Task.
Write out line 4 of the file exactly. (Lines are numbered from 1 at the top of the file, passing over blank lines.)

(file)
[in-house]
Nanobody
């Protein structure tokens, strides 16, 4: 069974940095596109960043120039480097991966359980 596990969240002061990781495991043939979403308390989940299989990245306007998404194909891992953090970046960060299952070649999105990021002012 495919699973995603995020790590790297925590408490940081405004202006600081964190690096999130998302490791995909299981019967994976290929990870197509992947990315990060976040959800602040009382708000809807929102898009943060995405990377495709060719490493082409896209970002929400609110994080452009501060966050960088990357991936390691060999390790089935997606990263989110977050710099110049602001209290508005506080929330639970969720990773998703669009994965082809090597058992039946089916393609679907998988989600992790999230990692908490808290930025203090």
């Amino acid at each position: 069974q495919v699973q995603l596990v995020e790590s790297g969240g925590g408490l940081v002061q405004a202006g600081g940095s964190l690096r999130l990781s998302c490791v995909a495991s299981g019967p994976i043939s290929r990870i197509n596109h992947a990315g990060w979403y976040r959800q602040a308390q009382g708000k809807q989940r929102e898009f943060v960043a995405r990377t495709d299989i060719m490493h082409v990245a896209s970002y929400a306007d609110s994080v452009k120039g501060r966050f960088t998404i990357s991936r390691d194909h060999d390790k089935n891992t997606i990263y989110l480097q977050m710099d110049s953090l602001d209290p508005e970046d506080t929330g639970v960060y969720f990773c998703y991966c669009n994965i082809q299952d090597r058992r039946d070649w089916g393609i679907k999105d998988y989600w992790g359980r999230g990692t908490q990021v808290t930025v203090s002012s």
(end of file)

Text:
């Amino acid at each position: 069974q495919v699973q995603l596990v995020e790590s790297g969240g925590g408490l940081v002061q405004a202006g600081g940095s964190l690096r999130l990781s998302c490791v995909a495991s299981g019967p994976i043939s290929r990870i197509n596109h992947a990315g990060w979403y976040r959800q602040a308390q009382g708000k809807q989940r929102e898009f943060v960043a995405r990377t495709d299989i060719m490493h082409v990245a896209s970002y929400a306007d609110s994080v452009k120039g501060r966050f960088t998404i990357s991936r390691d194909h060999d390790k089935n891992t997606i990263y989110l480097q977050m710099d110049s953090l602001d209290p508005e970046d506080t929330g639970v960060y969720f990773c998703y991966c669009n994965i082809q299952d090597r058992r039946d070649w089916g393609i679907k999105d998988y989600w992790g359980r999230g990692t908490q990021v808290t930025v203090s002012s």